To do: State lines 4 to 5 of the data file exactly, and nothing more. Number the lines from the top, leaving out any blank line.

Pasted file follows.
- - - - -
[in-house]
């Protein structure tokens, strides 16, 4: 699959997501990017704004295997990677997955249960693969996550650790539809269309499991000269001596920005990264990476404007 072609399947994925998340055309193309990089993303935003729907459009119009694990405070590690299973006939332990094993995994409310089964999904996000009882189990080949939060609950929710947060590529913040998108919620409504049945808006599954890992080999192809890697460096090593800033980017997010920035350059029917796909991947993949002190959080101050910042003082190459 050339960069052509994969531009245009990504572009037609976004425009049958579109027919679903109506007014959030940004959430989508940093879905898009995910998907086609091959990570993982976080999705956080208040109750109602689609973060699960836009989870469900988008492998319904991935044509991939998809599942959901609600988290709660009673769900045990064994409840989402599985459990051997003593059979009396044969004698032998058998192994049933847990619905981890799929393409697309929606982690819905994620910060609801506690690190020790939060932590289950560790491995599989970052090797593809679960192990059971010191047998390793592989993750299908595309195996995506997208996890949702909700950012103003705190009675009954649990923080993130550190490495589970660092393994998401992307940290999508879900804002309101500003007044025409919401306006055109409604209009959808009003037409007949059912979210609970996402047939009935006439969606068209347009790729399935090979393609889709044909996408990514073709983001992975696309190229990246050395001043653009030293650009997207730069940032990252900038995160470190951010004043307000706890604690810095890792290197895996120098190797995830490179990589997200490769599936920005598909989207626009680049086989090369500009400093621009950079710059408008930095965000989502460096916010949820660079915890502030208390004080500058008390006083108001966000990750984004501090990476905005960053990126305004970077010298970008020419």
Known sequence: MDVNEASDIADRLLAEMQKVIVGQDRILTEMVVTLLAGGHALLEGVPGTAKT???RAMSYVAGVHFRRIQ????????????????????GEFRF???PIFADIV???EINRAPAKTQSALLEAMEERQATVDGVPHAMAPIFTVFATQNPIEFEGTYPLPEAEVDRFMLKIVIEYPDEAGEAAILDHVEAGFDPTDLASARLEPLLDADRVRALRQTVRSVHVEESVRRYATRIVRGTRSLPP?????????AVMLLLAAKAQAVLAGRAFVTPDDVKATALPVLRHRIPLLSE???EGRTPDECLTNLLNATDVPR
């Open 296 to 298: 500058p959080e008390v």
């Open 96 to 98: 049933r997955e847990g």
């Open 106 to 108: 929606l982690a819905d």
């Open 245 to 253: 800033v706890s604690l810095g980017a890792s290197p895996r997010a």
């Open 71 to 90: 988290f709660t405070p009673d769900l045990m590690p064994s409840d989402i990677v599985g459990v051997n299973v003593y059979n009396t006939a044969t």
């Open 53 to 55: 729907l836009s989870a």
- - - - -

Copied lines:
């Open 296 to 298: 500058p959080e008390v």
């Open 96 to 98: 049933r997955e847990g």